Unless the roots are unhealthy, you don’t need to loosen the root ball during repotting or cut the roots. After repotting, you should watch over your Monstera more closely than usual for a few weeks to ensure that it adapts to its new environment.

Does repotting cause shock in monsteras?

After being moved, repotted Monsteras frequently experience transplant shock. This is typical and happens to some extent after plants have been transplanted in many cases. There are, however, certain measures to reduce the commotion.

  • When you take the Monstera out of its old pot, try to avoid disturbing the roots too much and transfer as many roots as you can to the new pot.
  • Avoid damaging the root ball or shaking soil from the Monstera’s rigid roots when removing it from the pot. Attempt to maintain moisture in the root ball when it is out of the pot at all times. The plant may suffer harm as a result of a dry root ball.
  • After your Monstera has established into its new container, give it a good watering to hydrate it. It can become acclimated to its new environment and lower the danger of transplant shock by drinking plenty of water.

Once your plant has been repotted, don’t forget to exercise caution. Watch it closely and look out for any indications that your Swiss cheese is in trouble. Among the primary indications of distress are:

  • drop-dead leaves
  • colored leaves
  • fading leaves

If you see these symptoms, take good care of your Monstera by providing it with the proper quantity of moisture, light, nutrients, and humidity so that it has the best chance of healing. Additionally, you will need to be patient as your Monstera heals itself. While mature Monstera may take months or even years to recover, younger Monstera usually does so in a matter of weeks.

Best After Care for Repotting

Put the Monstera back in its original spot once it has settled into the new pot. Transplant shock is less likely if you maintain the same circumstances for the plant. The same environment must be maintained as a result.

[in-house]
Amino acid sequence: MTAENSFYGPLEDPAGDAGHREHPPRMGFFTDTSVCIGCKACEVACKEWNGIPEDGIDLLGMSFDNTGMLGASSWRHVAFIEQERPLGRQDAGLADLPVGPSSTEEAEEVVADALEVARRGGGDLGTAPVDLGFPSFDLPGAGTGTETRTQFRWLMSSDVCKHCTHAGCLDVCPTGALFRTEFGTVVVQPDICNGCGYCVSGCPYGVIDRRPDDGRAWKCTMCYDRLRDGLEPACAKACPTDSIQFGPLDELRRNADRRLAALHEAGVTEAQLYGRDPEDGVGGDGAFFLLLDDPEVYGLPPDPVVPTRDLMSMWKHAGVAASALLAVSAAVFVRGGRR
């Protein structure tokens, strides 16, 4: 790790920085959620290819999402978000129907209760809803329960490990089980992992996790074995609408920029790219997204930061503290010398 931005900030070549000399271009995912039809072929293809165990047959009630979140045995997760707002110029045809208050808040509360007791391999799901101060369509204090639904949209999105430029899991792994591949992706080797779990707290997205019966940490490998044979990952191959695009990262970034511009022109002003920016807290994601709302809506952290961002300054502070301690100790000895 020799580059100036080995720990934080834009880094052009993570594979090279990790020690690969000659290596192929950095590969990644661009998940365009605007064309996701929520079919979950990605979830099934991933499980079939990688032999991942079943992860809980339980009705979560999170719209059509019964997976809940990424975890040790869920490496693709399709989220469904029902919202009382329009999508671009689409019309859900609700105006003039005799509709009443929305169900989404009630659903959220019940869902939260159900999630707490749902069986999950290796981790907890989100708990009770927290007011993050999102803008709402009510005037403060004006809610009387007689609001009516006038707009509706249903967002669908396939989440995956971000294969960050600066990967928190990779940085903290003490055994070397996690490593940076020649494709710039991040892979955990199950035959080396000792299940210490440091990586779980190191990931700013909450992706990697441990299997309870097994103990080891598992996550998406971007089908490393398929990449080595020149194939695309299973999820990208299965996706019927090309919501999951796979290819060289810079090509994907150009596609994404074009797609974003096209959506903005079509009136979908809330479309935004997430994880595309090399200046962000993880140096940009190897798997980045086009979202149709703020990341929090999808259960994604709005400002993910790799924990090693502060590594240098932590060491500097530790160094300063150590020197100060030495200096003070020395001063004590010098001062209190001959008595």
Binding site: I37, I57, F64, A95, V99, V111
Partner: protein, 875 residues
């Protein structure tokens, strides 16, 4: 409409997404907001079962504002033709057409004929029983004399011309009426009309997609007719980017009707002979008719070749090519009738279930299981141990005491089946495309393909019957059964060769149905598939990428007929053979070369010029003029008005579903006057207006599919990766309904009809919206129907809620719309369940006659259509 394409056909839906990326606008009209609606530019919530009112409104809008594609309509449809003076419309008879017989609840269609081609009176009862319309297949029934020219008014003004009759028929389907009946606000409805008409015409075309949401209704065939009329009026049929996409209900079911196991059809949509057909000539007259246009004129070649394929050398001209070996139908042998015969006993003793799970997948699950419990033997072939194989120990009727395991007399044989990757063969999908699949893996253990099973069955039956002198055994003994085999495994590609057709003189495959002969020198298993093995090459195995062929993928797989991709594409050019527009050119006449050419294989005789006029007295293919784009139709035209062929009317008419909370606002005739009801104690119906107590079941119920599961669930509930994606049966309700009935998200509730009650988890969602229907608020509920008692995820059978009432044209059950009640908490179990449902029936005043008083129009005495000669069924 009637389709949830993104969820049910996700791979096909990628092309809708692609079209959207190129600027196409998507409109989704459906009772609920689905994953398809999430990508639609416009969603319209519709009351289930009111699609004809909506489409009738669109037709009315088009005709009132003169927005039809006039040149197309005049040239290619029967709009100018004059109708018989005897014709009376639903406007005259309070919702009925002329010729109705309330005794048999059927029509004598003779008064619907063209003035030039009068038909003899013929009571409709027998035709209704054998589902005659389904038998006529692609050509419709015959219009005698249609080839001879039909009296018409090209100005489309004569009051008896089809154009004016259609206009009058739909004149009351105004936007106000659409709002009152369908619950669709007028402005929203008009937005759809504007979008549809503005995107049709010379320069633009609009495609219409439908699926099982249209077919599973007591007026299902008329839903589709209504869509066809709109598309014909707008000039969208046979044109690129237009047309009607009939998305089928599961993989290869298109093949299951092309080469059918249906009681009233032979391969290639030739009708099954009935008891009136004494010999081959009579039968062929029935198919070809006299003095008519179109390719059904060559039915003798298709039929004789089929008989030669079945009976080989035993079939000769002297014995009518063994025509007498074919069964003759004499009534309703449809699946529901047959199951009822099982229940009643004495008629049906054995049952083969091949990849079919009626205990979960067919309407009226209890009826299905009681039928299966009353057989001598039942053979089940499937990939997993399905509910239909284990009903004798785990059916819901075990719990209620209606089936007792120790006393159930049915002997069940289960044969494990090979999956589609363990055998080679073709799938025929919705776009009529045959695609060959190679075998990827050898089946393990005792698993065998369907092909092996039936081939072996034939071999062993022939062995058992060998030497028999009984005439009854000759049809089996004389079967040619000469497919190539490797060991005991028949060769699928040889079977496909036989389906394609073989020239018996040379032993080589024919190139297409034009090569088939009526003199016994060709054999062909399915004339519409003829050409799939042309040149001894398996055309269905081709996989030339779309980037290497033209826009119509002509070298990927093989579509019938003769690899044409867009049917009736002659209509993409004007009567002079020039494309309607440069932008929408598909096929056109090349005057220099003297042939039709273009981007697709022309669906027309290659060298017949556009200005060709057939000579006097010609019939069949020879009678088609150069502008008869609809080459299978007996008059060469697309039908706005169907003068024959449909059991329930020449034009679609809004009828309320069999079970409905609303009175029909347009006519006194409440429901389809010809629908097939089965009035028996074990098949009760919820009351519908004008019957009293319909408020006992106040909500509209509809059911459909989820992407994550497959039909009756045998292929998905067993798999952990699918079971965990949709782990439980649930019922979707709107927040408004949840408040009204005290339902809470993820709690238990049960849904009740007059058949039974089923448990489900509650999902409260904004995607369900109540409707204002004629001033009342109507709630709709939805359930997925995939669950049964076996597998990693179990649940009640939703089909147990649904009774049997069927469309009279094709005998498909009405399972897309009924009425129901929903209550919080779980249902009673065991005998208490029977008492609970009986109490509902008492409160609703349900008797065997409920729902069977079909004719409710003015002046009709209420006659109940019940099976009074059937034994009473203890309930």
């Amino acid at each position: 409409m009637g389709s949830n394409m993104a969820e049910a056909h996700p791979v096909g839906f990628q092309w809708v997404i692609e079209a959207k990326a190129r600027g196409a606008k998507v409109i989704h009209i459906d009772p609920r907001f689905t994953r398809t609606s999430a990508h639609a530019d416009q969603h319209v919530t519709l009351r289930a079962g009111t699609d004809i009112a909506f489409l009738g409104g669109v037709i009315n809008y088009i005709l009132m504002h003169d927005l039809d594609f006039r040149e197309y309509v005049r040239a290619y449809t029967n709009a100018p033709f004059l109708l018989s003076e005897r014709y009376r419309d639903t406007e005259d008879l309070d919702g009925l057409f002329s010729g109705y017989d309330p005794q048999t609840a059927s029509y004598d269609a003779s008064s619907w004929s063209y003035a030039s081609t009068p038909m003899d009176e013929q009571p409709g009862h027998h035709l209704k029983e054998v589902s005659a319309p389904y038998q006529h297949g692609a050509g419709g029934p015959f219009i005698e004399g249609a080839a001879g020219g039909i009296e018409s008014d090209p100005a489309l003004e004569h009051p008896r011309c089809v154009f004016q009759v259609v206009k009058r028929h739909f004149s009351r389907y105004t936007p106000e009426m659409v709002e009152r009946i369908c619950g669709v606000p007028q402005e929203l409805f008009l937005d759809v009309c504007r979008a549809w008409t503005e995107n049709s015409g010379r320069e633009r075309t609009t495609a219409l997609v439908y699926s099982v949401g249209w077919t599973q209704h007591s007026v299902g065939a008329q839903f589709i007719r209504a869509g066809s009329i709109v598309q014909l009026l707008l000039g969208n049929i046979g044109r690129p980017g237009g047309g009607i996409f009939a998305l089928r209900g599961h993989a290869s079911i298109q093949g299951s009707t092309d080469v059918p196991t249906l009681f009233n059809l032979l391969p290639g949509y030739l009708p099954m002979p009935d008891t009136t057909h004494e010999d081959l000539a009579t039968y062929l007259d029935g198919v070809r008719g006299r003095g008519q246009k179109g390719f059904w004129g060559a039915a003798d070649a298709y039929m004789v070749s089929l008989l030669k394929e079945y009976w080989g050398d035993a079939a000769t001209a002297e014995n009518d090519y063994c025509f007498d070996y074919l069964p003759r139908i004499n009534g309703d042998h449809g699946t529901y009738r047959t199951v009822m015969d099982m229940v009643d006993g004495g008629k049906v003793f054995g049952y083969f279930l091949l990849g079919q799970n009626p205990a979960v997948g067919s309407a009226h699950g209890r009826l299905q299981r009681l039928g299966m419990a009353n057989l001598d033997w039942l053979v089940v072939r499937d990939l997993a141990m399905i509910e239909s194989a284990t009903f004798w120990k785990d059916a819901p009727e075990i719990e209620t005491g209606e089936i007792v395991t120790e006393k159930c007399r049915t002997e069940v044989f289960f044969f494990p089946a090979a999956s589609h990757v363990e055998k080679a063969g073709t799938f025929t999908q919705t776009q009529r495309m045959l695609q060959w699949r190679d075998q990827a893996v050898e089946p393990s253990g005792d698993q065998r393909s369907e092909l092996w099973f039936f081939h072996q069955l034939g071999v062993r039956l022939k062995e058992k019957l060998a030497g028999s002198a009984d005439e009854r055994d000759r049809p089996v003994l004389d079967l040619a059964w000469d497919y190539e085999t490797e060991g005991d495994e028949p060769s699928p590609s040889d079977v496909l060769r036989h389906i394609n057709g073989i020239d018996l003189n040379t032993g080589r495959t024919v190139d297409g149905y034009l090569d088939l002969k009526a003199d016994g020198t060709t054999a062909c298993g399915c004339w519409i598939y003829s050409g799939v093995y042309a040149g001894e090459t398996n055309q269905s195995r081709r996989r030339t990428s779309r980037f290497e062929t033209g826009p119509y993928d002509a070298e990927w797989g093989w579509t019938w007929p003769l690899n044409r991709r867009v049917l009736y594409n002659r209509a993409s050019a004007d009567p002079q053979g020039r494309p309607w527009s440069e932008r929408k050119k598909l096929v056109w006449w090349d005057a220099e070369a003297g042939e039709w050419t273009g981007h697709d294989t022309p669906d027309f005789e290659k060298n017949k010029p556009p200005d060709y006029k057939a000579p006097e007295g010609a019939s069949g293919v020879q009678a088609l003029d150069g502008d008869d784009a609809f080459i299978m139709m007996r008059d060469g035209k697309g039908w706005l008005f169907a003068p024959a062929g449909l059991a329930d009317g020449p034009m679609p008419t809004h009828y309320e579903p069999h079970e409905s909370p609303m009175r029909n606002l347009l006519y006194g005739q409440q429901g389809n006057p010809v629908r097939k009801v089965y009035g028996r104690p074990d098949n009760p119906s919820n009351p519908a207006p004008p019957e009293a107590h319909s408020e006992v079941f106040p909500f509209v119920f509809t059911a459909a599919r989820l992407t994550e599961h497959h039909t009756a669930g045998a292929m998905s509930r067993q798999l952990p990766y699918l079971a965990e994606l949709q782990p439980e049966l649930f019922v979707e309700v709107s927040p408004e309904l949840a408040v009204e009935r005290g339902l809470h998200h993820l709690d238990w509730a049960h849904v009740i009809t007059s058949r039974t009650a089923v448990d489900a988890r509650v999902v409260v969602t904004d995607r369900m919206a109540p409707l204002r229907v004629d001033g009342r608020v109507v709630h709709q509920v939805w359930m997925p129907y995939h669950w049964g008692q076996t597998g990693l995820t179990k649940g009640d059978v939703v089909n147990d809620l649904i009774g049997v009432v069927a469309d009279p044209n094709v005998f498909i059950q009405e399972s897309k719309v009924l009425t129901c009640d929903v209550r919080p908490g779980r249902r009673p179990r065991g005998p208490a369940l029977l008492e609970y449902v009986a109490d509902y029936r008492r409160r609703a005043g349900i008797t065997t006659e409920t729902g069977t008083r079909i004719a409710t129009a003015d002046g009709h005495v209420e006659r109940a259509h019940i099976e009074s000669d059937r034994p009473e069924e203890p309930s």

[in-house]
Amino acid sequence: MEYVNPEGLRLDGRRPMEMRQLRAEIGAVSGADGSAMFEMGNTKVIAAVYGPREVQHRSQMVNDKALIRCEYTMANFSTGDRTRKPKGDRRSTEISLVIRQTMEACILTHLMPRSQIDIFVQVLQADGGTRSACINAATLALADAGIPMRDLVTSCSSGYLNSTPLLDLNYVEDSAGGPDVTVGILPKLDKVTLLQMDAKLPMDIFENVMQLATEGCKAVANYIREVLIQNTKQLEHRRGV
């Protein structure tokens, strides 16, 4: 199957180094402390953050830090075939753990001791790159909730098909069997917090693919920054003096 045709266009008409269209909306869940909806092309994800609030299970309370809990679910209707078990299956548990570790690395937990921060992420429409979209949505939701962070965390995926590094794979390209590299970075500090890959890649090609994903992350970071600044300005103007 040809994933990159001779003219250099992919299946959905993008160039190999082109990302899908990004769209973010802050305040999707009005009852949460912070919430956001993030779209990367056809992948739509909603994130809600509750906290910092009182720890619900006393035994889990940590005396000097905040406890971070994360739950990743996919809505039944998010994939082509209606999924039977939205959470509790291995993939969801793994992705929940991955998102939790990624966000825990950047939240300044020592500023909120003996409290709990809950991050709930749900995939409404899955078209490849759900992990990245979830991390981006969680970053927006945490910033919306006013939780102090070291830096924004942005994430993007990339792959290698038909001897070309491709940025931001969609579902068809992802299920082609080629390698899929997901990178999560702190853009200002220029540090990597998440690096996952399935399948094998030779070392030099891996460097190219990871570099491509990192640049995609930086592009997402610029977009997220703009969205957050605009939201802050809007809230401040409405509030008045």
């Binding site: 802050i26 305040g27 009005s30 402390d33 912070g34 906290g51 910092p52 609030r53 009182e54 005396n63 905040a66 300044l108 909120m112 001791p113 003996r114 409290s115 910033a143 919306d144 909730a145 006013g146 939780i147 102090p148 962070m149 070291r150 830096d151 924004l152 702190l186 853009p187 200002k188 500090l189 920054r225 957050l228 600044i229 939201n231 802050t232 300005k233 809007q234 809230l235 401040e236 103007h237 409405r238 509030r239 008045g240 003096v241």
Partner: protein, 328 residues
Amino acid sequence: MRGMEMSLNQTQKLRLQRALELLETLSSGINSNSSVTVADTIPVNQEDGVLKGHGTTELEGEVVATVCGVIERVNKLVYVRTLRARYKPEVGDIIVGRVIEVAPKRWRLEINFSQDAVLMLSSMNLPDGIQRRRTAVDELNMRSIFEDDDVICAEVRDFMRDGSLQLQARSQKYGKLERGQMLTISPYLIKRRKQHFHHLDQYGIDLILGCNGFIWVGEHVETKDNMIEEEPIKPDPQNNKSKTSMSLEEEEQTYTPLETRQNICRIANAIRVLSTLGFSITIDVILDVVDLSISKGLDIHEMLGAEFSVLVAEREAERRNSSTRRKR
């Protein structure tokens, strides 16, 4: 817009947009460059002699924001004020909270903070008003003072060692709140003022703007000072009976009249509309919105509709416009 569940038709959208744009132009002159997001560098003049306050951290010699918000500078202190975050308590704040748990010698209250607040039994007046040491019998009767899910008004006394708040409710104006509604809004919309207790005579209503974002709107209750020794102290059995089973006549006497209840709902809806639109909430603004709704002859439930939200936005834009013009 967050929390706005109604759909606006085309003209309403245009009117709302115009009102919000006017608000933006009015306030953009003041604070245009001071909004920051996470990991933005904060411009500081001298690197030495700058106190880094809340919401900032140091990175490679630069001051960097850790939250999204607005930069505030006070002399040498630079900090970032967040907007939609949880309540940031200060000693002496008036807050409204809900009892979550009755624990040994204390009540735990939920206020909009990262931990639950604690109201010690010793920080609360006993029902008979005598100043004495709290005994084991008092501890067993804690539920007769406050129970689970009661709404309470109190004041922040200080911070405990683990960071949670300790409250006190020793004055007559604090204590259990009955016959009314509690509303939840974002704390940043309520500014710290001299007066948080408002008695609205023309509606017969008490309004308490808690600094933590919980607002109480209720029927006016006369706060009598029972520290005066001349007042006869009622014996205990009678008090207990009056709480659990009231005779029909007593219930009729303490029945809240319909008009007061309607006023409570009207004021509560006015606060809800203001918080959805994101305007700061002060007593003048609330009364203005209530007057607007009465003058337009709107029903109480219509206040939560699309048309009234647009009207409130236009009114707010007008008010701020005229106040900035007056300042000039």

Watering the Monstera well right away after relocating it is one of the most crucial measures. Don’t overlook this step because it can lower the possibility of transplant shock while also promoting the growth of your plant. Avoid overwatering the plant when you water it because it’s important to prevent the roots from getting soaked.

Additionally, refrain from applying any fertilizer for around 4 weeks after transplant. By doing this, the burning of the young roots can be avoided.

Last but not least, it should have a lot of humidity and ample bright indirect sunlight. The plant will develop most quickly and have the best chance of avoiding shock if it is kept by a northern window.

How long do plants remain shocked after being replanted?

This can differ greatly. For many smaller plants, it only takes a few weeks for them to fully recover. It may take months or even years for larger plants or trees to recover completely from transplant shock.

With proper care, a straightforward case of wilting after repotting can be cured, and frequently the plant shows no more indications of damage. Dead or damaged foliage may result from a more serious condition. Although this does not fully recover, new, healthy foliage will eventually take its place.

Is plant wilting after transplanting typical?

I strongly believe that many of my crops should be started in modules or pots and then transferred to my garden as they grow. This strategy guarantees that I won’t have as many empty areas in my small garden as I would with direct seeding and uneven germination. Transplant shock is the main disadvantage of beginning seedlings indoors, though.

Transplant shock occurs when a plant is transferred outside and exposed to the elements, signaling the activation of its defense mechanisms. It shows itself as wilting, yellowing, curling, and even death of the leaves. The roots will go to whatever lengths to ensure their own survival and order the plant to rest and use less energy.

You can observe blistering on indoor-grown seedlings who aren’t used to the sun’s full intensity. Insufficient hardening off resulted in a sunburned swede seedling, as seen in the image above. The leaves lose their color and becoming light, nearly white. Thankfully, the plants recovered, but sunburn doesn’t always heal completely.

It’s common for seedlings to wilt after being transplanted. It’s not always a sign that you’ve done something wrong if you notice your little plants drooping or turning yellow. The most essential thing is that they survive. The key indication that a plant has recovered from transplant shock is fresh growth. Look for new leaves emerging in the center of the plant; this is usually encouraging.